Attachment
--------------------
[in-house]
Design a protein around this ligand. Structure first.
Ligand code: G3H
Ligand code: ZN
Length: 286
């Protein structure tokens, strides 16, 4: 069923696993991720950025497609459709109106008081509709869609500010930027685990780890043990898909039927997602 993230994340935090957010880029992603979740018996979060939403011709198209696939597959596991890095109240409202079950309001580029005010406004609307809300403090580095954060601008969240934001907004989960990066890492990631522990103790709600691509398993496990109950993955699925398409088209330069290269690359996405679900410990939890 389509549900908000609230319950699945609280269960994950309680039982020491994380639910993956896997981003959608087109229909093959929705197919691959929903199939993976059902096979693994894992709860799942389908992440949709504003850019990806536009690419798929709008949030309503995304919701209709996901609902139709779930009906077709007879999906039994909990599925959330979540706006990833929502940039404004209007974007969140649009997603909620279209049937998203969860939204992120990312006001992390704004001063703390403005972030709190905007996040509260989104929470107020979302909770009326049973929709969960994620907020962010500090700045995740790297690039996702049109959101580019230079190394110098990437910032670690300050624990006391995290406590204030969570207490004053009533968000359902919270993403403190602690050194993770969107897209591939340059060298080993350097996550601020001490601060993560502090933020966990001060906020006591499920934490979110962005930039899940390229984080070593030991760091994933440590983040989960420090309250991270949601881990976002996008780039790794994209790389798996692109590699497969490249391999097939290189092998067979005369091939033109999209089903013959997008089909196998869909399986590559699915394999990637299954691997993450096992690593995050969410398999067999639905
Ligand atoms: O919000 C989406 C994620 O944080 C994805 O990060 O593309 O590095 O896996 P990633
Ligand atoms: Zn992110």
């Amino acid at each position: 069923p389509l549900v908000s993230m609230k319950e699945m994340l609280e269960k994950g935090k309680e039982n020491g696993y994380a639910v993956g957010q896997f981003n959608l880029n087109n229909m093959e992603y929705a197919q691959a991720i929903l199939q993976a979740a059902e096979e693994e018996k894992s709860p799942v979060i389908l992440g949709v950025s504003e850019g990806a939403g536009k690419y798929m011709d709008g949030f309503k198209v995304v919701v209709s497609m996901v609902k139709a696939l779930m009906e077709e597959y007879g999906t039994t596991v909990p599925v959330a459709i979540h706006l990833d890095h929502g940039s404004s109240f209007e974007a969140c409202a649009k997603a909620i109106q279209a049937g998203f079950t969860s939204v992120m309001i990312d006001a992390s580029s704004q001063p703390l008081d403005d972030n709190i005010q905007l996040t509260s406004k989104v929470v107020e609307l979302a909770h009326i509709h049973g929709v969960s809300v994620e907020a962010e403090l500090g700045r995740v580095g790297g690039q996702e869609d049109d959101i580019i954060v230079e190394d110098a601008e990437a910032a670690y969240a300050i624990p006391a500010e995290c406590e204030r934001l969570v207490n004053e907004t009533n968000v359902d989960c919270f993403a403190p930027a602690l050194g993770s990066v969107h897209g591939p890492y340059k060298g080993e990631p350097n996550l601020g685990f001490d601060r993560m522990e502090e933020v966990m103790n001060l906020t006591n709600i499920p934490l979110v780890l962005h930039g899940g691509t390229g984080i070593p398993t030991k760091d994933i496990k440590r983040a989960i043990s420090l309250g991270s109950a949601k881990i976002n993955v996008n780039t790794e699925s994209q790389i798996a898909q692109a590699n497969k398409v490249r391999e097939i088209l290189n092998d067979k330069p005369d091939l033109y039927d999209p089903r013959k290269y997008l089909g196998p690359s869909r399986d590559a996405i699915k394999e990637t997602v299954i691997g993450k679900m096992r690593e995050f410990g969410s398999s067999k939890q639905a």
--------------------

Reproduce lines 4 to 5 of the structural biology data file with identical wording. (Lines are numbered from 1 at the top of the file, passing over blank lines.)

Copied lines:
Ligand code: ZN
Length: 286